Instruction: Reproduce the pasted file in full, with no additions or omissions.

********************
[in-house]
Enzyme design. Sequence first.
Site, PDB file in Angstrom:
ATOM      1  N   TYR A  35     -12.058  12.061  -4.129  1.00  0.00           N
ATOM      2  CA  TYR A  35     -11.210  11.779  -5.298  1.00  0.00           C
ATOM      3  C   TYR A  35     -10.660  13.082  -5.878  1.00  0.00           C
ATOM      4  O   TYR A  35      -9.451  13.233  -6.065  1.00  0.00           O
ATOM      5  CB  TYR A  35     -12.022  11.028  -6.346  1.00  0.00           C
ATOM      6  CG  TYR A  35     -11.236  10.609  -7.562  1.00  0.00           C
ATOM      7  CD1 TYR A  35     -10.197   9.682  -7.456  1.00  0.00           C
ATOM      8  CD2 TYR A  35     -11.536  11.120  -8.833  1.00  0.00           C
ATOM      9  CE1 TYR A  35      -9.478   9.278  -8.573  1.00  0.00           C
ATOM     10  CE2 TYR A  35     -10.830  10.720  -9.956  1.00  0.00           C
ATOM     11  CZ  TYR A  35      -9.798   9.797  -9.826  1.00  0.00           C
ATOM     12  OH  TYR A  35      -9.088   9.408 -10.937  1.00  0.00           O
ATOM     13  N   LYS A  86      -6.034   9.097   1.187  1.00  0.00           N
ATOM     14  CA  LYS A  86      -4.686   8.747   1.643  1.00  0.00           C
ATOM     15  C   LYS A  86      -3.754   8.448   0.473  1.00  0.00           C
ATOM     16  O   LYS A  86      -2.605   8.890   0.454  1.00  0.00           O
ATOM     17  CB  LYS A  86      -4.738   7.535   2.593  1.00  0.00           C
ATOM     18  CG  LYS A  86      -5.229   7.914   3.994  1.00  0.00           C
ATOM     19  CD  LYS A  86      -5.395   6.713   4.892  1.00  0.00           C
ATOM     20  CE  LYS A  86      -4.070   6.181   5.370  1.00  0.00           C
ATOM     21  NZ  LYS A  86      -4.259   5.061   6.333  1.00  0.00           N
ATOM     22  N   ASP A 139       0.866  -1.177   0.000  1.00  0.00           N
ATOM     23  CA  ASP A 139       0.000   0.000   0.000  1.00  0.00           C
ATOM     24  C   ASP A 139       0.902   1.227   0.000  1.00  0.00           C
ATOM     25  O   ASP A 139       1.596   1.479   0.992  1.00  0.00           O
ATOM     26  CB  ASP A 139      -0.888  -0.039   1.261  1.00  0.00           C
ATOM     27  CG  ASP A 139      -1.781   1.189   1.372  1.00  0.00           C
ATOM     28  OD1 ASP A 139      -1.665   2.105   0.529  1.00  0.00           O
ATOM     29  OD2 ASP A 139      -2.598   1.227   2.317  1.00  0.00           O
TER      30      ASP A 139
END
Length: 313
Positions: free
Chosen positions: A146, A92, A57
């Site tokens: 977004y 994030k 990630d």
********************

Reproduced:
[in-house]
Enzyme design. Sequence first.
Site, PDB file in Angstrom:
ATOM      1  N   TYR A  35     -12.058  12.061  -4.129  1.00  0.00           N
ATOM      2  CA  TYR A  35     -11.210  11.779  -5.298  1.00  0.00           C
ATOM      3  C   TYR A  35     -10.660  13.082  -5.878  1.00  0.00           C
ATOM      4  O   TYR A  35      -9.451  13.233  -6.065  1.00  0.00           O
ATOM      5  CB  TYR A  35     -12.022  11.028  -6.346  1.00  0.00           C
ATOM      6  CG  TYR A  35     -11.236  10.609  -7.562  1.00  0.00           C
ATOM      7  CD1 TYR A  35     -10.197   9.682  -7.456  1.00  0.00           C
ATOM      8  CD2 TYR A  35     -11.536  11.120  -8.833  1.00  0.00           C
ATOM      9  CE1 TYR A  35      -9.478   9.278  -8.573  1.00  0.00           C
ATOM     10  CE2 TYR A  35     -10.830  10.720  -9.956  1.00  0.00           C
ATOM     11  CZ  TYR A  35      -9.798   9.797  -9.826  1.00  0.00           C
ATOM     12  OH  TYR A  35      -9.088   9.408 -10.937  1.00  0.00           O
ATOM     13  N   LYS A  86      -6.034   9.097   1.187  1.00  0.00           N
ATOM     14  CA  LYS A  86      -4.686   8.747   1.643  1.00  0.00           C
ATOM     15  C   LYS A  86      -3.754   8.448   0.473  1.00  0.00           C
ATOM     16  O   LYS A  86      -2.605   8.890   0.454  1.00  0.00           O
ATOM     17  CB  LYS A  86      -4.738   7.535   2.593  1.00  0.00           C
ATOM     18  CG  LYS A  86      -5.229   7.914   3.994  1.00  0.00           C
ATOM     19  CD  LYS A  86      -5.395   6.713   4.892  1.00  0.00           C
ATOM     20  CE  LYS A  86      -4.070   6.181   5.370  1.00  0.00           C
ATOM     21  NZ  LYS A  86      -4.259   5.061   6.333  1.00  0.00           N
ATOM     22  N   ASP A 139       0.866  -1.177   0.000  1.00  0.00           N
ATOM     23  CA  ASP A 139       0.000   0.000   0.000  1.00  0.00           C
ATOM     24  C   ASP A 139       0.902   1.227   0.000  1.00  0.00           C
ATOM     25  O   ASP A 139       1.596   1.479   0.992  1.00  0.00           O
ATOM     26  CB  ASP A 139      -0.888  -0.039   1.261  1.00  0.00           C
ATOM     27  CG  ASP A 139      -1.781   1.189   1.372  1.00  0.00           C
ATOM     28  OD1 ASP A 139      -1.665   2.105   0.529  1.00  0.00           O
ATOM     29  OD2 ASP A 139      -2.598   1.227   2.317  1.00  0.00           O
TER      30      ASP A 139
END
Length: 313
Positions: free
Chosen positions: A146, A92, A57
């Site tokens: 977004y 994030k 990630d």